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Praise the traffic regulators

By B.Khash-Erdene

Owning a car in Ulaanbaatar is not what it used to be a couple of years ago.

According to the latest statistics, there are roughly enough vehicles for one in five people in the country and around 80-90 percent of them are used in Ulaanbaatar, which makes the traffic congestion and car related frustration in the city unsurprising.

There are so many car related problems, such as bad roads, finding parking spaces in the city, terrible traffic congestion, outrageous taxation, high fuel prices (compared to other countries), horrible drivers, and trying to find a warm garage in the winter, among other things.

While driving in the city lately, I noticed something rather pleasantly surprising – drivers seemed to be a lot more civil and adherent to traffic regulations. This was no coincidence however, as the traffic police have been avidly implementing the regulations which were largely perceived as mere suggestions rather than unbending rules.

This year, the capital city has been taking significant efforts towards taking control and managing the increasing traffic in the city. Mayor E.Bat-Uul and his fellow higher officials have received much criticism for their controversial license plate restrictions imposed on the city’s car owners, where certain plate numbered cars cannot be used on particular week days.

Admittedly, I was also critical of the new regulations, which would limit some whose business is dependent on their vehicles. Each week day, around 20,000 cars are restricted from use between 08:00-22:00. Which means there are roughly 100,000 registered vehicles using Ulaanbaatar’s limited road infrastructure and parking spaces.

After the installation of traffic cameras and speedometers in the heavily trafficked areas of the capital, hundreds of drivers were fined directly to their home address for speeding and red light crossing violations, according to the Traffic Police of Ulaanbaatar.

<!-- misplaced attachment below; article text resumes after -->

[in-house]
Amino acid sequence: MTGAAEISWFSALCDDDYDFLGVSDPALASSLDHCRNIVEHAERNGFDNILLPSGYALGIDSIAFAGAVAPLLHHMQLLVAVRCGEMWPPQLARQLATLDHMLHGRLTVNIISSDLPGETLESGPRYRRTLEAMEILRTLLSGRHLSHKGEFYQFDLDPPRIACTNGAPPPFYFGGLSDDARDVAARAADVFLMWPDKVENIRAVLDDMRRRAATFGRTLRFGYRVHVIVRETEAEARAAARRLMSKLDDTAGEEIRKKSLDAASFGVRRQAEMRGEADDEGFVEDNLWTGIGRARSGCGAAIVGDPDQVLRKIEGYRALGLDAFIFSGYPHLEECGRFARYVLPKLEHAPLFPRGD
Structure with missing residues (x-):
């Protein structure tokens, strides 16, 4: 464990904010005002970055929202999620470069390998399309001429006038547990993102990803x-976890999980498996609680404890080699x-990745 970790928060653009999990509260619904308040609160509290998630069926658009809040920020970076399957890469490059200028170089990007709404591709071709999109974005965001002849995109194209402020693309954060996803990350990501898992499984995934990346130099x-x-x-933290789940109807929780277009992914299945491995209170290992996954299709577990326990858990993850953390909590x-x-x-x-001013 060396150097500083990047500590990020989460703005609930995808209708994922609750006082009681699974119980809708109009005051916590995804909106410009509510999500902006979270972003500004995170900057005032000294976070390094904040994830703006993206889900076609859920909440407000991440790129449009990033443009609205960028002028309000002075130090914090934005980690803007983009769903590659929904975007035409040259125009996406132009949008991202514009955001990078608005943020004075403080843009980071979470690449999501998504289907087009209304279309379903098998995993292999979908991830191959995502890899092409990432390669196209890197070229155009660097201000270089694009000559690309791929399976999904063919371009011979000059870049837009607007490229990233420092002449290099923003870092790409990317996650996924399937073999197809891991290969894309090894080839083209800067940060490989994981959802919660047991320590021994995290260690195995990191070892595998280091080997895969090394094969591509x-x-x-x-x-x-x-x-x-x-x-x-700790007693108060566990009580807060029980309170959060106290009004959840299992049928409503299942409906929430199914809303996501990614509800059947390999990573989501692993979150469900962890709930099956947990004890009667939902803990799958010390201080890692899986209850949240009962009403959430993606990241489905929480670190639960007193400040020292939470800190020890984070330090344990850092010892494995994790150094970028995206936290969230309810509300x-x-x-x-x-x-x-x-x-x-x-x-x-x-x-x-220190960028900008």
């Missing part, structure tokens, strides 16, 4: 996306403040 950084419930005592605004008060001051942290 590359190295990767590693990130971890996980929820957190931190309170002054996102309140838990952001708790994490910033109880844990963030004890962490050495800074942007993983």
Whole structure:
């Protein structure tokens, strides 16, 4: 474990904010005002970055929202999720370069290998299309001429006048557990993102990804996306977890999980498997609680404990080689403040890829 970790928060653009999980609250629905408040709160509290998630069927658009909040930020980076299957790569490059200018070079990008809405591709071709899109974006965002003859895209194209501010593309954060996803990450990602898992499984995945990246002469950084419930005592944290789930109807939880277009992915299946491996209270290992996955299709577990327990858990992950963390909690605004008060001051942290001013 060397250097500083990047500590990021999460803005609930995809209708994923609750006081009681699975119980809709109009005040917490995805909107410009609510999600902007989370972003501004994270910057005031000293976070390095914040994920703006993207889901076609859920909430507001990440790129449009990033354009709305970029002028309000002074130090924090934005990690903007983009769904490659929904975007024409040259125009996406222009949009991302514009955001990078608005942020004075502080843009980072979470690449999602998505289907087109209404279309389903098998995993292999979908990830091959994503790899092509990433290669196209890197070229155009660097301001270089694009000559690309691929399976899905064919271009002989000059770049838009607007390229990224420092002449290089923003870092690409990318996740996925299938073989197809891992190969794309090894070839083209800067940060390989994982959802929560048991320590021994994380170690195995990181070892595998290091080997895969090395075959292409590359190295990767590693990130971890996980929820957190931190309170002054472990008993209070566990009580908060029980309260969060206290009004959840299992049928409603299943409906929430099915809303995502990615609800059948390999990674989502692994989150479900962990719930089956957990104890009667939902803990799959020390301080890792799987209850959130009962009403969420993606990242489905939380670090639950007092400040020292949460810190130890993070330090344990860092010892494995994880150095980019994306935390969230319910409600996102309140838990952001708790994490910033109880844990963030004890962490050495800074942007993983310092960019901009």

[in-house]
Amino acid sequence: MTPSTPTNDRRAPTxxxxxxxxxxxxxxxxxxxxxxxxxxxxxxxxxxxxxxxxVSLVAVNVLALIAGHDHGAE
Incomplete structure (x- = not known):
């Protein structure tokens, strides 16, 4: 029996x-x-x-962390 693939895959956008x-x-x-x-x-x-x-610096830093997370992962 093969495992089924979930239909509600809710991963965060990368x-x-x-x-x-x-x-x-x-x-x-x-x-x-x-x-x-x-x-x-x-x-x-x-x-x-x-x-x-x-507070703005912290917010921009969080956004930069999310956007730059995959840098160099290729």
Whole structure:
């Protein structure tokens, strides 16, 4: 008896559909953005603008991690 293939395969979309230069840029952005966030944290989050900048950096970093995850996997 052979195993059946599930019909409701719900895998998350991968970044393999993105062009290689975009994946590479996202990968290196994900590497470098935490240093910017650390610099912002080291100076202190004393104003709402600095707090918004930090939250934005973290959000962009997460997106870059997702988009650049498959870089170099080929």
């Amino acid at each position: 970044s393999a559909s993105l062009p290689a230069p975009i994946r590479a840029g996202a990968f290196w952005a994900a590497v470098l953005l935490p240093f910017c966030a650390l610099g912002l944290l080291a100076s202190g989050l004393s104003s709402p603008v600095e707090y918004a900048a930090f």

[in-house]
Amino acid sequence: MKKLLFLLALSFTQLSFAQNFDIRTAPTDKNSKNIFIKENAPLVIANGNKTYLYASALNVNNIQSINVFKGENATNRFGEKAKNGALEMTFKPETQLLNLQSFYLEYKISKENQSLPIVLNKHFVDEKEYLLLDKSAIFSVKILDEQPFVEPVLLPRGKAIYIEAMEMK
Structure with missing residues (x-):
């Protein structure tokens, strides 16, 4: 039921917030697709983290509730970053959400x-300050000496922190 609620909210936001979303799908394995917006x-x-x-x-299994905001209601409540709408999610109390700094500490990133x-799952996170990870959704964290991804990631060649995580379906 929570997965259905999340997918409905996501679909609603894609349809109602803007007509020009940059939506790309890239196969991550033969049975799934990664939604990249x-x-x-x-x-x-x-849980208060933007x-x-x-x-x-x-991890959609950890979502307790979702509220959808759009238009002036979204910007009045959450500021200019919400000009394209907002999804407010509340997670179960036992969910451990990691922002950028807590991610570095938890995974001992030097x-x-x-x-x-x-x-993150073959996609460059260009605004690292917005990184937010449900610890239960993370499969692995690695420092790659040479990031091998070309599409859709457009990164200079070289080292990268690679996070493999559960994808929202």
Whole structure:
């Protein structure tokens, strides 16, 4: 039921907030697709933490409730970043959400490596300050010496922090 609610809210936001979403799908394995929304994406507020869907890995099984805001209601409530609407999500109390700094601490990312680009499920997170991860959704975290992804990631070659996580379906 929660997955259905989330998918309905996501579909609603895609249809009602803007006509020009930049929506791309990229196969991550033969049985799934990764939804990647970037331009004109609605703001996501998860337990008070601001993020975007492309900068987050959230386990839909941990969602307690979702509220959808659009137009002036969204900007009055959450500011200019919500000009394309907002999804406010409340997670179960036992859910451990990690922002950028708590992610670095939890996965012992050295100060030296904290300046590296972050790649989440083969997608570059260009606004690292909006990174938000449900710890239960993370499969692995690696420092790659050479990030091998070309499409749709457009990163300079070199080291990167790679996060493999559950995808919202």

But despite the increasingly civil usage of vehicles and roads in the capital, drivers are more frustrated and critical of the new developments, which limit their ability to use their cars. They also note that traffic police are more ready to impose fines and tickets for the mildest of traffic violations.

The largest amount of road construction and reconstruction in Mongolia’s history has been executed this year. Much to the frustration of drivers around the city, some critical central roads had to be reconstructed simultaneously. City administration assures that this year’s reconstruction work has been done with high standards.

Due to the extreme climate, roads deteriorate rather quickly. Roads built just a year before are cracked and broken down by the next spring. This is usually observable and easily explained. Road construction projects that begin in late August tend to drag on until October for various reasons, and when the cold weather hits, the construction material used to build it has not properly cured. After an intense couple months of Mongolian winter, they are broken and in need of repair once again. Most roads in Mongolia aren’t built with water removal systems. After a heavy rain, the roads are left with depressions and cracks as water floods and seeps through them.

There are other factors contributing to the fast deterioration of our roads, the above being the main one. With the development of mines and large scale construction projects, heavy trucks are used on roads not designed to sustain them, which contributes greatly to air pollution via dust as well as road deterioration. Road experts also claim that winter tires have deeper grooves, which also play a part in road damage.

Although rather extreme measures are taken on the part of traffic regulators, they are slowly paying off. Better roads are being built, and drivers are slowly beginning to adapt and follow traffic regulations, leading to altogether safer road and traffic activity. Managing traffic in a city that lacks infrastructure is not easy, and some sacrifices on the part of vehicle owners and traffic regulators have to be made to improve the system in the long run.

So, if the only good road leading to your home is closed at night for repair, take comfort in the knowledge that after a short period of time, getting home will be much easier than before.

 

Short URL: http://ubpost.mongolnews.mn/?p=6140

Posted by on Sep 22 2013. Filed under Community, Opinion. You can follow any responses to this entry through the RSS 2.0. Both comments and pings are currently closed.

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